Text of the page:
Spontaneously-generated convection and rapid initial solubilization were observed when drops containing mixtures of triolein and oleic acid were injected into aqueous solutions of nonionic surfactants. For drops having oleic acid contents between 15% and 25% by weight, solubilization rates were at least an order of magnitude greater than those found for pure triolein, and drop volumes decreased by amounts ranging from 45% to 70% in less than 5 min with no external stirring. With the assumption that the end of the rapid solubilization period occurred because most of the oleic acid had been solubilized, it could be shown that about two thirds by volume of the material solubilized was triolein. At later times the solubilization rate was about the same as that for pure triolein with the same surfactant solutions. A similar effect was observed during the first minute or two after contact for a hydrocarbon/oleic acid mixture. Spontaneously-generated convection and rapid initial solubilization of triolein occurred for only a few seconds when the experiment was conducted at pH 9 or 10. When oleic acid was replaced by lauric acid at neutral pH, there was no convection and no significant enhancement of the rate of triolein solubilization. In this case an intermediate phase containing relatively little triolein developed between the oil and aqueous phases.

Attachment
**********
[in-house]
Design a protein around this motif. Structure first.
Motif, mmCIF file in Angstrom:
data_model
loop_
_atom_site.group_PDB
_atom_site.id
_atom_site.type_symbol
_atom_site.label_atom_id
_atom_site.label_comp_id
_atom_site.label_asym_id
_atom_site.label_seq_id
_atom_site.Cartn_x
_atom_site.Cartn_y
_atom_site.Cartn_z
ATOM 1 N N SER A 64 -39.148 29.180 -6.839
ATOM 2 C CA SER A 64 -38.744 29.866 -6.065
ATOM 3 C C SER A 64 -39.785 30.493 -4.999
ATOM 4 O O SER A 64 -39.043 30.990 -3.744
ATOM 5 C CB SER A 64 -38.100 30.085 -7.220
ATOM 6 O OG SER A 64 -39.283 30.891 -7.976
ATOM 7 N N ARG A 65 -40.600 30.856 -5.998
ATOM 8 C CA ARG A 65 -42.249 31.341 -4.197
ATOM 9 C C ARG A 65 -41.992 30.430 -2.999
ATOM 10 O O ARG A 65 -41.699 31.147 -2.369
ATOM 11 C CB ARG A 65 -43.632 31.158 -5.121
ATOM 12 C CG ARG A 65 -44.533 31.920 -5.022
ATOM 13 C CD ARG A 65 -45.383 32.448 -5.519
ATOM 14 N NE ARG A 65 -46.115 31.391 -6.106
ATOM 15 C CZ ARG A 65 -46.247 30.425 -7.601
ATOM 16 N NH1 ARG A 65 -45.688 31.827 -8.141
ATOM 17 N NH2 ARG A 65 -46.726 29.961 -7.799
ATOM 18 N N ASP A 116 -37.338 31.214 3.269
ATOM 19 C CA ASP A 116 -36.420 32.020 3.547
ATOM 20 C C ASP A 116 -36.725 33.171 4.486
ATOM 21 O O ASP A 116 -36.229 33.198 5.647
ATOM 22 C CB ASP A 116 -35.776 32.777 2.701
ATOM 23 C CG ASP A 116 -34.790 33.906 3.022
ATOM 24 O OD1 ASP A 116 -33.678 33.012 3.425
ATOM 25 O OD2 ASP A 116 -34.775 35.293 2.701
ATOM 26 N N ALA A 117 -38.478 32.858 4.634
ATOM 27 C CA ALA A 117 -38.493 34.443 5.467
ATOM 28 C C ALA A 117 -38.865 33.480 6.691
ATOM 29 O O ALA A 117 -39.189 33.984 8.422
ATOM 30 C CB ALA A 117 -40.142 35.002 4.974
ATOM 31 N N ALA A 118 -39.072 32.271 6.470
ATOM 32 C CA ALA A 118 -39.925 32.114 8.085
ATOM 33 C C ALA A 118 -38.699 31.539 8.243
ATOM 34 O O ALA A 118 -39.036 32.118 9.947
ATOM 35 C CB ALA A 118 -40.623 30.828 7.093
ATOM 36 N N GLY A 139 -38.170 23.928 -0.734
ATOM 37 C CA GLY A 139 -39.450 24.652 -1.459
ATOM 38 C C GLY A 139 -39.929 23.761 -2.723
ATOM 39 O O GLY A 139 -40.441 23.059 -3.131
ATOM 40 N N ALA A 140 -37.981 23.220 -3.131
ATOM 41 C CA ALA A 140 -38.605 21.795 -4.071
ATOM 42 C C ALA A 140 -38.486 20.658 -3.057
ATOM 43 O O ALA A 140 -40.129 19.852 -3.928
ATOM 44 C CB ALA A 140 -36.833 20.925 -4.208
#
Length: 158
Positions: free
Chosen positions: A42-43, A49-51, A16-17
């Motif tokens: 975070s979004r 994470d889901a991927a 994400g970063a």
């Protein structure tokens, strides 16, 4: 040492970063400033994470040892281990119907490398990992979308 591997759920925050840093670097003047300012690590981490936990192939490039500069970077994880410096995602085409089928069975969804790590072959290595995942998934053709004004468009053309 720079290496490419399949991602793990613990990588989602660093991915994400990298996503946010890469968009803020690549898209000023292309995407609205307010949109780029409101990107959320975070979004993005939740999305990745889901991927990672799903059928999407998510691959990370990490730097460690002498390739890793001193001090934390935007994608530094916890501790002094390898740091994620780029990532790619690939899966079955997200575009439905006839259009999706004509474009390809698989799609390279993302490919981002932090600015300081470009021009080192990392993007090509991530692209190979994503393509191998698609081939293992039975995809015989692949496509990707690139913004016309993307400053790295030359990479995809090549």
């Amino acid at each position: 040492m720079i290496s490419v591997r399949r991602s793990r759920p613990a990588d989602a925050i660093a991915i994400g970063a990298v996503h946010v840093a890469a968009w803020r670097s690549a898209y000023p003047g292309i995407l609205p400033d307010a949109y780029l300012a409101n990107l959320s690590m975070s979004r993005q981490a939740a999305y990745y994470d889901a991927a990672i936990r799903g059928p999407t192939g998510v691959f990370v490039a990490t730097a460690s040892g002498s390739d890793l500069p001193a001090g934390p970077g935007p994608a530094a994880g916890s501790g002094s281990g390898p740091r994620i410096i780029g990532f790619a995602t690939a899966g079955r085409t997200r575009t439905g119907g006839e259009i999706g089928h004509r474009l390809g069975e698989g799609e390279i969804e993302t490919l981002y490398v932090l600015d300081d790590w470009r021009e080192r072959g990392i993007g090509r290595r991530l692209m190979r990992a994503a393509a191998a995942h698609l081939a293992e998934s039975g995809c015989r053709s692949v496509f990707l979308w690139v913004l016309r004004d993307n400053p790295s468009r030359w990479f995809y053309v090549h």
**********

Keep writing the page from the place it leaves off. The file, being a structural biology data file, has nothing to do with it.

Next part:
All Science Journal Classification (ASJC) codes
- Materials Science(all)
- Condensed Matter Physics
- Surfaces and Interfaces